An exploration into Electric Vehicles



As a professional adventurer, I am constantly searching far and wide for new challenges, new areas to explore. My happiness, my inspiration… essentially everything that fulfills me comes from nature.  Yet I started to look at how I access these adventures and I realized that I am killing the world as it stimulates me.  The truth was obvious, I needed to change my ways.

 So I quit heli-ski guiding, sold my giant diesel truck, let my snowmobile rust and looked at different ways to travel to my trailheads. We are constantly reading about electric vehicles and how they are the future. Yet a part of me has been skeptical. Up till now most have had only a limited range, which makes them ideal commuter vehicles but useless for someone in Revelstoke. Revelstoke is a small mountain town, deep in the Canadian mountains 250-400km from major cities. I see them as being really practical for urban dwellers but unrealistic for rural adventurers. With cold winters, deep snow there are so many reasons to be scared of converting to electric. The sacrifices I need to make seem daunting but perhaps they are not as big as they seem.

So as explorers Chris Rubens and I, Greg Hill, went on an electric adventure. Our goal was to see if we could live our normal adventuring seeking lifestyle while being more sustainable in our mode of transport.


I rented a Nissan Leaf from Ecomoto in Vancouver, this car is a commuter vehicle with 100 miles (160kms) of range. It is far from my ideal electric vehicle, but if we could drive down the West coast of the USA, climb and ski a bunch of Volcanoes and make it back, we could prove to ourselves that electric access is the future. Especially with the newer farther reaching cars.



We met up and climbed and skied Mt-Baker with a group of friends and then began our true road trip down south. An app called “plug and share” would guide us to all the level 3 chargers, which take around 40 minutes to fully charge the car.  This trip was ideal since the I-5 highway that goes south down Washinton, Oregon and into California was littered with these chargers.


Our first charging hurdle was getting up to Mt-Rainier. Since its trailhead is quite far inland and well away from any lvl 3 chargers. But luckily our app showed us a lvl 2 charger,that Phil had attached to his house for his Tesla. We arrived at the park boundary and started charging at Phil’s personal plug. The percentage slowly moved upwards but we had to hastily leave with barely 70% since the park’s gates were closing. Committed we drove upwards, as we climbed up to the 2000m trailhead our % dropped, and dropped. 40%...35% and then finally at 31% we made it to the trailhead. We parked and decided to deal with this lack of electricity when we returned.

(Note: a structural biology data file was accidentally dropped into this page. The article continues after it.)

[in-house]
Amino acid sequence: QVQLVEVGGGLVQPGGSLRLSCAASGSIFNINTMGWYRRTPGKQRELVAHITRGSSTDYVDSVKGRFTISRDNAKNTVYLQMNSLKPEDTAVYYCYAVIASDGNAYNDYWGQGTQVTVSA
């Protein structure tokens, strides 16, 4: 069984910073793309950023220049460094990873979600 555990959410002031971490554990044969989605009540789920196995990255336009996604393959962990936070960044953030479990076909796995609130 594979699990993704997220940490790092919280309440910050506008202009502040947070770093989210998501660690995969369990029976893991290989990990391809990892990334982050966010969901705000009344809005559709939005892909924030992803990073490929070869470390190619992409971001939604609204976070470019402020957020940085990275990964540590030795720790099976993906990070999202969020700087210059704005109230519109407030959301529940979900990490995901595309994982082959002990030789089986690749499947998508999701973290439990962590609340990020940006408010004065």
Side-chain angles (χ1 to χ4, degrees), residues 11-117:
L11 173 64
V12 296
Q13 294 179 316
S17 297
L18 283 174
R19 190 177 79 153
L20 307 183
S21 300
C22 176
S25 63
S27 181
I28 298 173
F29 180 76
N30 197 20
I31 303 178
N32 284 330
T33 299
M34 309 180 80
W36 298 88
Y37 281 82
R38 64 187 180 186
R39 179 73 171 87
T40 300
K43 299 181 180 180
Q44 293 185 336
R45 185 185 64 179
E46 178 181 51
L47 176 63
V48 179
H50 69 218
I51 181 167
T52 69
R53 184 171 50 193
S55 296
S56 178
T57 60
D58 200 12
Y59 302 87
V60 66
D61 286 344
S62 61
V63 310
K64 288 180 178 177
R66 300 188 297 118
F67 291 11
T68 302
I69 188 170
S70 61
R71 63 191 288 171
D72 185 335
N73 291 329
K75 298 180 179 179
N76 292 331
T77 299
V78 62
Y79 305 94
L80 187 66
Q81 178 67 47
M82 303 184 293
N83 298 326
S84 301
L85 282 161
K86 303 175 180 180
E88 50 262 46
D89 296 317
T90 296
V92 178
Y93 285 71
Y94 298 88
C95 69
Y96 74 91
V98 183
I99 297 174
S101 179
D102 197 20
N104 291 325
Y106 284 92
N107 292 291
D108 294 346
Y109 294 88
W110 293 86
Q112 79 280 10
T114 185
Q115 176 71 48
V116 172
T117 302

A great couple of days had us on the 14 400 ft summit and then skiing down a heavily crevassed, super awesome run. Arriving back at the car we wondered if our first mistake was going to haunt us.  Luckily the leaf has a ‘B” mode which allows the car to slow itself using the engine, which puts electricity back into the motor. So we drove down the 5500 ft and by the bottom our charge was back up to 50%. A few hours at Phil’s charger and we were off. Yeehaw, maybe this electric adventure was feasible.


Mt-Hood was our next objective and there were Lvl3 chargers right up to its trailhead. A great summit and silly ski had us driving south.  Eventually the ease of charging had us pushing the battery percentage as low as we could go, extending each drive till the % disappeared and the Km’s left blinked out. We realized there was always extra battery left and we pushed it many times. Never “fully” running out of juice.



We made it as far south as Mt-Shasta in California, where there were less Lvl3 chargers and we ended up charging up at RV campgrounds.  Which were lvl 2 chargers and would take 3-5 hours to fully charge. We were the oddball Canadians, camped amongst the behemoth Rv’s.


While we drove back north, hitting Mt-Adams on the way we pondered our experiment. We ended up traveling almost 3000 miles, we climbed and skied 6 volcanoes, we rock climbed 5 times, had some amazing adventures and camped in great places. Essentially we lived our lives as we normally would. With one major difference, we used 1 ltr of fuel during the whole trip; for our cookstove, instead of the 400+ ltrs we would have normally used.


Not being able to move quickly between objectives, made us more relaxed. Forced stops every few hours had us rethinking our Type A personalities. To me electric vehicles are the future, especially since climate change would affect our jobs so badly.


Since returning from this trip I have bought a Chevrolet Bolt and have fully jumped into the electric vehicle movement. I have dreams of sumitting 100 mountains and polluting zero emissions while doing so, a challenge I am calling electric adventures. I am 14 summits in, and I have run to some, climbed up others, and skied off those volcanoes, all with zero emissions. It is a great start and it feels so amazing to be  part of the solution to our climate crisis. I will never be perfect but I can search out ways to be better.





greg Hill